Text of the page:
Xanthomonas confirmed in Colorado; farmers encouraged to be on the lookout for corn disease
Crop experts are telling Colorado farmers to be on the lookout for disease symptoms in corn caused by the bacterium Xanthomonas vasicola pv. vasculorum (Xvv) — a disease that’s new to Colorado, or perhaps has just gone undetected in recent years.
In a recent press release, USDA officials stressed that it presents no health risks to people or animals. USDA also does not consider this plant disease to be of quarantine significance for domestic or international trade, and intends to address it like any other bacterial disease of corn. Read the full news release here.
While there’s no evidence of lost yields due to Xanthomonas (pictured above), there is the potential for lost yields if the disease is not managed properly. Ongoing research in Colorado and Nebraska will assess the impact of the disease on yields.
Dr. Kirk Broders, who leads the Crop Pathology Lab at Colorado State University, is one of the lead contacts nationally on this issue, and encourages farmers who see symptoms of Xanthomonas to contact him at (970) 491-0850, or email@example.com. Broders also has more information posted on his Broders Lab website.
Dr. Broders is working with the Colorado Corn Administrative Committee (CCAC) to conduct a corn disease survey during this growing season, in a collaborative effort to compile comprehensive information regarding all corn pathogens and enhance future mitigation efforts. Please contact Dr. Broders if you’re willing to assist in surveying fields. The diagnosing costs will be covered, thanks to funding from CCAC.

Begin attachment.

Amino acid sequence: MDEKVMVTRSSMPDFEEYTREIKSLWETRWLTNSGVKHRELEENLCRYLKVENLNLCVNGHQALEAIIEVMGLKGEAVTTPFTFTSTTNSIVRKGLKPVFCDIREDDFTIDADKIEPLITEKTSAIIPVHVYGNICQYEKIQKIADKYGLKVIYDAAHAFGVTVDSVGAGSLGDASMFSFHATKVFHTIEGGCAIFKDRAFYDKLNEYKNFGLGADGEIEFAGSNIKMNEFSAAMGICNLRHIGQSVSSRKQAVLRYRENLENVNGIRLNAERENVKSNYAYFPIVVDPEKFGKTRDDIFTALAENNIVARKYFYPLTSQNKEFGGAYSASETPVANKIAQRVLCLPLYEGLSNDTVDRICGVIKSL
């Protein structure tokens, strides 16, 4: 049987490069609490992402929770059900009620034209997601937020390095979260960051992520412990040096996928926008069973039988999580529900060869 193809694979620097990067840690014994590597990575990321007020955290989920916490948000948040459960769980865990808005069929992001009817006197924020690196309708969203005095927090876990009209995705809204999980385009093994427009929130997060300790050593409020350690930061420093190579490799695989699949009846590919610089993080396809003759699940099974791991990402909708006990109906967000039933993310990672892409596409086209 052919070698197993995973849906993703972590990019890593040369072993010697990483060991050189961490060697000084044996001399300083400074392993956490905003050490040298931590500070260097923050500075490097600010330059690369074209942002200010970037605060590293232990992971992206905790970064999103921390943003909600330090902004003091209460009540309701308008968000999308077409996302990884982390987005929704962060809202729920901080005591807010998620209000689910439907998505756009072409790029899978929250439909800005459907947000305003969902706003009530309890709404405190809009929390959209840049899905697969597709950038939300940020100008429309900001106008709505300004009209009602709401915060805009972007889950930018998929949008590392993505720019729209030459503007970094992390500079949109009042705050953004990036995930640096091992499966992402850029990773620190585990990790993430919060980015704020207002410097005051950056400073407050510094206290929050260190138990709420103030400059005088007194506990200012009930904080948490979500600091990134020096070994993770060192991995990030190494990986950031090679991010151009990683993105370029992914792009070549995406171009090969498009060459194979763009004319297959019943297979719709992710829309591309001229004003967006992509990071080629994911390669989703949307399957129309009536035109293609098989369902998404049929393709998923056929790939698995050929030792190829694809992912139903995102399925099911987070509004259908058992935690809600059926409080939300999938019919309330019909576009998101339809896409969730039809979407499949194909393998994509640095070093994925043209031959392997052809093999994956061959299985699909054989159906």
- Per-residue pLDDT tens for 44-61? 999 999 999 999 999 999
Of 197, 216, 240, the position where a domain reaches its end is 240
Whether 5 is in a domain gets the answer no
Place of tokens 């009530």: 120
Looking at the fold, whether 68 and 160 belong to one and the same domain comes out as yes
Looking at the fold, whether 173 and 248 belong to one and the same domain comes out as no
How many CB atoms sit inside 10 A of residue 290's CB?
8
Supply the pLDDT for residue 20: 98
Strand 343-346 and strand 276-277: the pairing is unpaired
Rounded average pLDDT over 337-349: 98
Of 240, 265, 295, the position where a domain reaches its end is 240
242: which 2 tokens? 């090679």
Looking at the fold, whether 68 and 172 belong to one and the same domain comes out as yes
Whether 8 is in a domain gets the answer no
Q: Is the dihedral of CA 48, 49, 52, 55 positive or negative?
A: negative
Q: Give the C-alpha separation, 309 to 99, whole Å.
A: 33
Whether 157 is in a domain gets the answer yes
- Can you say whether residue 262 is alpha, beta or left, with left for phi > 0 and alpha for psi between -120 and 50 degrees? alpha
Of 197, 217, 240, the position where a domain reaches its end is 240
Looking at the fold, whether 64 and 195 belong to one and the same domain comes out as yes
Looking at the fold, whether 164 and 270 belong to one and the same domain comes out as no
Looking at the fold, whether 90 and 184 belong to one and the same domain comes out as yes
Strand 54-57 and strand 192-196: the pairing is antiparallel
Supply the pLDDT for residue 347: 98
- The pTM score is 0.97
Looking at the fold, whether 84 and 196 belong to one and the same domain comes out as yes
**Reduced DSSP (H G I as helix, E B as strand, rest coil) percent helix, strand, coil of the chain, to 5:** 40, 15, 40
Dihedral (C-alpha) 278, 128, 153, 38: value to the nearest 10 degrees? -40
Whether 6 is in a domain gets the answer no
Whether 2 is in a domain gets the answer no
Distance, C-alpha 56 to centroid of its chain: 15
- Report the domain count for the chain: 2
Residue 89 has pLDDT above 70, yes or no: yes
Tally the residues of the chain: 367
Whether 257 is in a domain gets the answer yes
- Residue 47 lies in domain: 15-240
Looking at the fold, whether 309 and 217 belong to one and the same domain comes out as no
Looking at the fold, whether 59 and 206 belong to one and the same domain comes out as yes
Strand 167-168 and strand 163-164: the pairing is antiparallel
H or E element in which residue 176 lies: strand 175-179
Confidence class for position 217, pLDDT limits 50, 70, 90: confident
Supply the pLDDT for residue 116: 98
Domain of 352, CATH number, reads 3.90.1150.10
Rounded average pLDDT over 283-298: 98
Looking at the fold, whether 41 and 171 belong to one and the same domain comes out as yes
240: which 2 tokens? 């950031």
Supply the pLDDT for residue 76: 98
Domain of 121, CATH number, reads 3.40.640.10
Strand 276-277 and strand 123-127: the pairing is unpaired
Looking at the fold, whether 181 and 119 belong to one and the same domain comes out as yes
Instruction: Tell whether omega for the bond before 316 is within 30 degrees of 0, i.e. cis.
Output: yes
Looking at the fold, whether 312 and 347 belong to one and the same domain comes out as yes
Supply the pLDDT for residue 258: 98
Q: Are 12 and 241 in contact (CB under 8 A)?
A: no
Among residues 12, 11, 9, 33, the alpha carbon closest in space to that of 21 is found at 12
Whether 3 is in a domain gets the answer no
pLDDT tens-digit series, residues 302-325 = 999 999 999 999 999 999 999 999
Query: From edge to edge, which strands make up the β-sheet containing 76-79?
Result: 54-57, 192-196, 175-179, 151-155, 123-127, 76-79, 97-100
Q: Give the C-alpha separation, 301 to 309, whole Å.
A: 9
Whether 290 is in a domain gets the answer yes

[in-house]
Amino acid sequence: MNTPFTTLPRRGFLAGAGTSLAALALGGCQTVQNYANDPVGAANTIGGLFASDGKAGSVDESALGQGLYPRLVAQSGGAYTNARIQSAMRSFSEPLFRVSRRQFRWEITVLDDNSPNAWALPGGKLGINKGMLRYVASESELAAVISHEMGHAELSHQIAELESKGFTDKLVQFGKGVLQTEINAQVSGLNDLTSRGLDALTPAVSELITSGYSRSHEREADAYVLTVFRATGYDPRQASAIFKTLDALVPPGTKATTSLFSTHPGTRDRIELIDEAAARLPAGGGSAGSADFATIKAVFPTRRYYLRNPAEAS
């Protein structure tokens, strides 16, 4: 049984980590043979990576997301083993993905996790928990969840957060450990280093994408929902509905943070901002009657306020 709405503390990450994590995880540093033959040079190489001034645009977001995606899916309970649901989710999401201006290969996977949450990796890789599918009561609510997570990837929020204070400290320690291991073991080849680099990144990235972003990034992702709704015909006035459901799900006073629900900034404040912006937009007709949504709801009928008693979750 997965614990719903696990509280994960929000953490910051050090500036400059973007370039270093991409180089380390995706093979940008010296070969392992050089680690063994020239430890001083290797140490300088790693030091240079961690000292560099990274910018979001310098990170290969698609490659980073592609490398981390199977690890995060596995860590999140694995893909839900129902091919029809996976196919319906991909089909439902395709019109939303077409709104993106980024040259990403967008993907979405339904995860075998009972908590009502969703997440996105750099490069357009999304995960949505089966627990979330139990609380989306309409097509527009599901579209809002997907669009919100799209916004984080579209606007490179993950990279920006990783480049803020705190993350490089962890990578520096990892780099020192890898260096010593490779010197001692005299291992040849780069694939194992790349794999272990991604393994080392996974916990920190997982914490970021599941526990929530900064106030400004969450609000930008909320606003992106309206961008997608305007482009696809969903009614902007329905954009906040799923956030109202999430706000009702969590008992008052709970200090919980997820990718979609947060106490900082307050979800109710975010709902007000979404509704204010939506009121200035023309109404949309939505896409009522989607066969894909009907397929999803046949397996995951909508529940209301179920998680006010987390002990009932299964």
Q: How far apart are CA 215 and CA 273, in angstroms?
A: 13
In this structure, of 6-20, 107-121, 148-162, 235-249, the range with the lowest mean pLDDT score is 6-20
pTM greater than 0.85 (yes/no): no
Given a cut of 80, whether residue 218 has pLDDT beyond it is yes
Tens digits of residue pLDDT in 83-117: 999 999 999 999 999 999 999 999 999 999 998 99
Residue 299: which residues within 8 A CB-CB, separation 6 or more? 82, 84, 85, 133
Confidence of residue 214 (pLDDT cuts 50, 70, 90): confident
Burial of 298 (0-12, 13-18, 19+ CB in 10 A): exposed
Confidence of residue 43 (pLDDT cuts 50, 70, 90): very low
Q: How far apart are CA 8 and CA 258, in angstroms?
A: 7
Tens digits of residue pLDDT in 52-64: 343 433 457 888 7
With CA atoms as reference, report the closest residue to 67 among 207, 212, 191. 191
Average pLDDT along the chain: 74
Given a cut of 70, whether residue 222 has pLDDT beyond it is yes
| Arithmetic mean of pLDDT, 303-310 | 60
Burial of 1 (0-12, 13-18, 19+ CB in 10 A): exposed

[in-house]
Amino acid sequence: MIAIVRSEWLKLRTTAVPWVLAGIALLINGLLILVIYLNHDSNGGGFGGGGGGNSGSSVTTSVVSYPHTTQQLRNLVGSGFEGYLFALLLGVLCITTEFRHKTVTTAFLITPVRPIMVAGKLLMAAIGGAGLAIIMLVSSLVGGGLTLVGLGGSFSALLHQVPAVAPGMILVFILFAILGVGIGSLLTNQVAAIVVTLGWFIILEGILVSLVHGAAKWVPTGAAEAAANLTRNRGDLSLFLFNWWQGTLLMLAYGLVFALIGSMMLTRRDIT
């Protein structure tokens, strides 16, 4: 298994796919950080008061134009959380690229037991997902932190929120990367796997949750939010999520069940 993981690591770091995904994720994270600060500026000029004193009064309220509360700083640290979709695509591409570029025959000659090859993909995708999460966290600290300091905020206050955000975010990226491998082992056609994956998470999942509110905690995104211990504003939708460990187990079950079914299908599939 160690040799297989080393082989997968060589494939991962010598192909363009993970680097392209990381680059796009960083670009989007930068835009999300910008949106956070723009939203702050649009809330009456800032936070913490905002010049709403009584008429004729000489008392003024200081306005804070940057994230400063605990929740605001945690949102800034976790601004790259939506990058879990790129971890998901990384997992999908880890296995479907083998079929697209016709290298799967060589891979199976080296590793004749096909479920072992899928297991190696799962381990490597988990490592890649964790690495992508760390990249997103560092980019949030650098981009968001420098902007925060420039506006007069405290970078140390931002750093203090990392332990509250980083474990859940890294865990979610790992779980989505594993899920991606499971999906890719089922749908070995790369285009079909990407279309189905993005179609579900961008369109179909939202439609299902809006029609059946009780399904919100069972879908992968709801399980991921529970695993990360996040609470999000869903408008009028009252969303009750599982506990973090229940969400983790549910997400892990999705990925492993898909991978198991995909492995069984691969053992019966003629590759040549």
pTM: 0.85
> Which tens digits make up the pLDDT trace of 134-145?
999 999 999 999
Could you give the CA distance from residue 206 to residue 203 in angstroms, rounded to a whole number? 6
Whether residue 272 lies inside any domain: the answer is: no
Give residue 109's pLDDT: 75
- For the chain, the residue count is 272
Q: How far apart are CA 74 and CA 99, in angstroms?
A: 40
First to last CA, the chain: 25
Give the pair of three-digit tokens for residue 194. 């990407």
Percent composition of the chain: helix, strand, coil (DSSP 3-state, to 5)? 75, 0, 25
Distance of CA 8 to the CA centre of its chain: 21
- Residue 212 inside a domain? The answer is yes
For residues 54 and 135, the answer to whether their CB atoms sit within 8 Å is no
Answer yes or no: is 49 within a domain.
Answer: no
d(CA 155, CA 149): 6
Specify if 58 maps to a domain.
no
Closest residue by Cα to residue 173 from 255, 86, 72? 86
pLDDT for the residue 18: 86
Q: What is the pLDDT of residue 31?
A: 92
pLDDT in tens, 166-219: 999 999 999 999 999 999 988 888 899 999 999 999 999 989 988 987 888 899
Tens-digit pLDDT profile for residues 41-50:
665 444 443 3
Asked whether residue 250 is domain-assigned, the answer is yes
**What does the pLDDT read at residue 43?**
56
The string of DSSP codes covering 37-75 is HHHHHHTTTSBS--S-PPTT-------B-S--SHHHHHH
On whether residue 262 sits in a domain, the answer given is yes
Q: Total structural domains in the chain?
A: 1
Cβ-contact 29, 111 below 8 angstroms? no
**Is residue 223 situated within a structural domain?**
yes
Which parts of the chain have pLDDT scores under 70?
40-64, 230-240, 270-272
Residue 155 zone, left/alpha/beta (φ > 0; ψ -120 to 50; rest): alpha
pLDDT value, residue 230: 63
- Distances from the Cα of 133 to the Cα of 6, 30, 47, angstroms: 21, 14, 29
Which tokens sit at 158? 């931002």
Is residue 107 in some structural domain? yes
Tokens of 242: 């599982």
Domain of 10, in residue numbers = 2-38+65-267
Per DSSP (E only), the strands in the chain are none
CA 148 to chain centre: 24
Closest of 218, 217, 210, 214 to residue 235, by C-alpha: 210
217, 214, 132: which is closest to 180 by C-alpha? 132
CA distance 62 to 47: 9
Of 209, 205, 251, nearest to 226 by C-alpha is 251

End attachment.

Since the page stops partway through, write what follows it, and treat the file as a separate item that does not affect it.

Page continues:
Colorado Corn, based in Greeley, is made up of the Colorado Corn Growers Association and Colorado Corn Administrative Committee. The Colorado Corn Growers Association (CCGA) is comprised of dues-paying members who are politically active, focusing on policy that impacts corn producers and agriculture in general. The Colorado Corn Administrative Committee (CCAC) oversees how Colorado’s corn check-off dollars (one penny per bushel of corn produced in the state) are spent on research, market development, outreach, education and other various endeavors. See more about the work of the two organizations at www.coloradocorn.com.